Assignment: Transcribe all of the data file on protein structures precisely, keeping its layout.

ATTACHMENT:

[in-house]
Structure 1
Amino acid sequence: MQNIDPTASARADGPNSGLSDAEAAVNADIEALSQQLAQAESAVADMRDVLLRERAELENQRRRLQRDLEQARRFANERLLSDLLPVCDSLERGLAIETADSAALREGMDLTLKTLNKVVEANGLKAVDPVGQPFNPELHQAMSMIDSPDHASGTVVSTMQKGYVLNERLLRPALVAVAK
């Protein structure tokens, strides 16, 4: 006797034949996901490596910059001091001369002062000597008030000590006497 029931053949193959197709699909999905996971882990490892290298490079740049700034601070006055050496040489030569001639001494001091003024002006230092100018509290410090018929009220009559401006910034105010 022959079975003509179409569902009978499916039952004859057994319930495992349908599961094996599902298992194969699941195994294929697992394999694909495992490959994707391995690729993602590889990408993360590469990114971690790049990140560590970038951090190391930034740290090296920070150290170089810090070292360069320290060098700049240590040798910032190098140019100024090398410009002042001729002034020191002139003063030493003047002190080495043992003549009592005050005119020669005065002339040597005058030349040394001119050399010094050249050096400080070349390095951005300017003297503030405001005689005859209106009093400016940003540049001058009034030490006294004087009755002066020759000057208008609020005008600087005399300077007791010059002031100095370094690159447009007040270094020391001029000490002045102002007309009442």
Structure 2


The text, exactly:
[in-house]
Structure 1
Amino acid sequence: MQNIDPTASARADGPNSGLSDAEAAVNADIEALSQQLAQAESAVADMRDVLLRERAELENQRRRLQRDLEQARRFANERLLSDLLPVCDSLERGLAIETADSAALREGMDLTLKTLNKVVEANGLKAVDPVGQPFNPELHQAMSMIDSPDHASGTVVSTMQKGYVLNERLLRPALVAVAK
């Protein structure tokens, strides 16, 4: 006797034949996901490596910059001091001369002062000597008030000590006497 029931053949193959197709699909999905996971882990490892290298490079740049700034601070006055050496040489030569001639001494001091003024002006230092100018509290410090018929009220009559401006910034105010 022959079975003509179409569902009978499916039952004859057994319930495992349908599961094996599902298992194969699941195994294929697992394999694909495992490959994707391995690729993602590889990408993360590469990114971690790049990140560590970038951090190391930034740290090296920070150290170089810090070292360069320290060098700049240590040798910032190098140019100024090398410009002042001729002034020191002139003063030493003047002190080495043992003549009592005050005119020669005065002339040597005058030349040394001119050399010094050249050096400080070349390095951005300017003297503030405001005689005859209106009093400016940003540049001058009034030490006294004087009755002066020759000057208008609020005008600087005399300077007791010059002031100095370094690159447009007040270094020391001029000490002045102002007309009442």
Structure 2